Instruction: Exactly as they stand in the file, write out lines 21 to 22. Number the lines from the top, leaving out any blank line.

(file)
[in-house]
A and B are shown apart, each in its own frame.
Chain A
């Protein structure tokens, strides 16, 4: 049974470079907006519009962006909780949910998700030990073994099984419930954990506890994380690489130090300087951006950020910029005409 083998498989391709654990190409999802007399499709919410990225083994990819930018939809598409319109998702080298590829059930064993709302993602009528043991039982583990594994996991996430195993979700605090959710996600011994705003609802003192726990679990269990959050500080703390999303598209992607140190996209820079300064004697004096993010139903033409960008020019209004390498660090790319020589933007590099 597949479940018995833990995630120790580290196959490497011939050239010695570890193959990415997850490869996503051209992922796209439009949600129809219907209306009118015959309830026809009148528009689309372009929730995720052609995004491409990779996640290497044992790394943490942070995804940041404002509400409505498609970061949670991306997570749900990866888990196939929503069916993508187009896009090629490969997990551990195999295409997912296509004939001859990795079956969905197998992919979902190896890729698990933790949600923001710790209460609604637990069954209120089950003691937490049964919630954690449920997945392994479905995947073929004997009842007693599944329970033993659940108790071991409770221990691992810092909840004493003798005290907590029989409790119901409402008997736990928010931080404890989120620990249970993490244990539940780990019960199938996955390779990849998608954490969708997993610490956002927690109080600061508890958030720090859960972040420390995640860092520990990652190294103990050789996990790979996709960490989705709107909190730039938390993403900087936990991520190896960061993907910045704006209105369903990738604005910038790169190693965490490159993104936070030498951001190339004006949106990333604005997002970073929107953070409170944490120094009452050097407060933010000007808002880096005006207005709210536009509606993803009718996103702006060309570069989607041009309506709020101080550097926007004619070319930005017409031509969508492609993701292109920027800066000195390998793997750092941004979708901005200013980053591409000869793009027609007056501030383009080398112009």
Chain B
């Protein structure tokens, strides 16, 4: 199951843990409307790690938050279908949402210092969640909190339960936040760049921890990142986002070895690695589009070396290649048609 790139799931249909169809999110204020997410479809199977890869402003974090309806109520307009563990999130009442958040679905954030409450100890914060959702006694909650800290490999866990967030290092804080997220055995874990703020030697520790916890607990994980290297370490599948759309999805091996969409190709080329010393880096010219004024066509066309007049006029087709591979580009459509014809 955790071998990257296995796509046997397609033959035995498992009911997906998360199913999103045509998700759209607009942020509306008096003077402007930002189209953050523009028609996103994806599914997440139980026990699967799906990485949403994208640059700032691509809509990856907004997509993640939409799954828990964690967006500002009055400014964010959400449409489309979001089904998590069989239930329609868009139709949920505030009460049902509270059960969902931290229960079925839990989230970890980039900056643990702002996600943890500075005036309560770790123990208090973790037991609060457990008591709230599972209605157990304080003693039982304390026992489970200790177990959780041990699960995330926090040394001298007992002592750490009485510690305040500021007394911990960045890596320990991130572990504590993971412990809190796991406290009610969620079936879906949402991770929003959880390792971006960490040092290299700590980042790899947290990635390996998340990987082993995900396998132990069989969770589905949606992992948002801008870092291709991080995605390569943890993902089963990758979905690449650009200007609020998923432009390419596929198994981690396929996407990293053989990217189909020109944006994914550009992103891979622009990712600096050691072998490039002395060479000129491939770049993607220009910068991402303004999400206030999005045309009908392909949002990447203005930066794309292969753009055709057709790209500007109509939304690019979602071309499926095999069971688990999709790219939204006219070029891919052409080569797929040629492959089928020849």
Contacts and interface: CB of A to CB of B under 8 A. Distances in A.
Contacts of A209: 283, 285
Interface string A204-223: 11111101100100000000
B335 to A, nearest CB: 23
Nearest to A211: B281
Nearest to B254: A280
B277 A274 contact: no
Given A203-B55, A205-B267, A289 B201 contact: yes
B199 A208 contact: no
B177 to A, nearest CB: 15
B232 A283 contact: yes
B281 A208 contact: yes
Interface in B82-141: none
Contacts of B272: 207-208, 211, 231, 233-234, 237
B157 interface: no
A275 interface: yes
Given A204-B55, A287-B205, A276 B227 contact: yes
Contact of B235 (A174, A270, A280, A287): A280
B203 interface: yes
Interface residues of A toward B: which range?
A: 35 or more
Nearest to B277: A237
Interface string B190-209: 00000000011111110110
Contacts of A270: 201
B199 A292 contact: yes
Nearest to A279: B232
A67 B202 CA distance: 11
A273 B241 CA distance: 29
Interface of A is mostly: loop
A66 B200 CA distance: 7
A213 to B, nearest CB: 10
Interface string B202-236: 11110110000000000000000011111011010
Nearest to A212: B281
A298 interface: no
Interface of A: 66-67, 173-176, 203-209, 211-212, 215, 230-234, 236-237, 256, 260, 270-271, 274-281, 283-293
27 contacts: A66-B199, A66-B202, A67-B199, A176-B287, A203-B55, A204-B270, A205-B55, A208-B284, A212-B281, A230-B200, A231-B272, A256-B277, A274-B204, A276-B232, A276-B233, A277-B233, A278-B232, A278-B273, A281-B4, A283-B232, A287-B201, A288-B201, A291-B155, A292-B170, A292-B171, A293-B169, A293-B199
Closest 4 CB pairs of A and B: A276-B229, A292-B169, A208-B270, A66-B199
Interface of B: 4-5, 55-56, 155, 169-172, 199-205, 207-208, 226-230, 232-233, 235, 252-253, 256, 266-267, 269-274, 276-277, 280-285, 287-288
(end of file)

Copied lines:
B157 interface: no
A275 interface: yes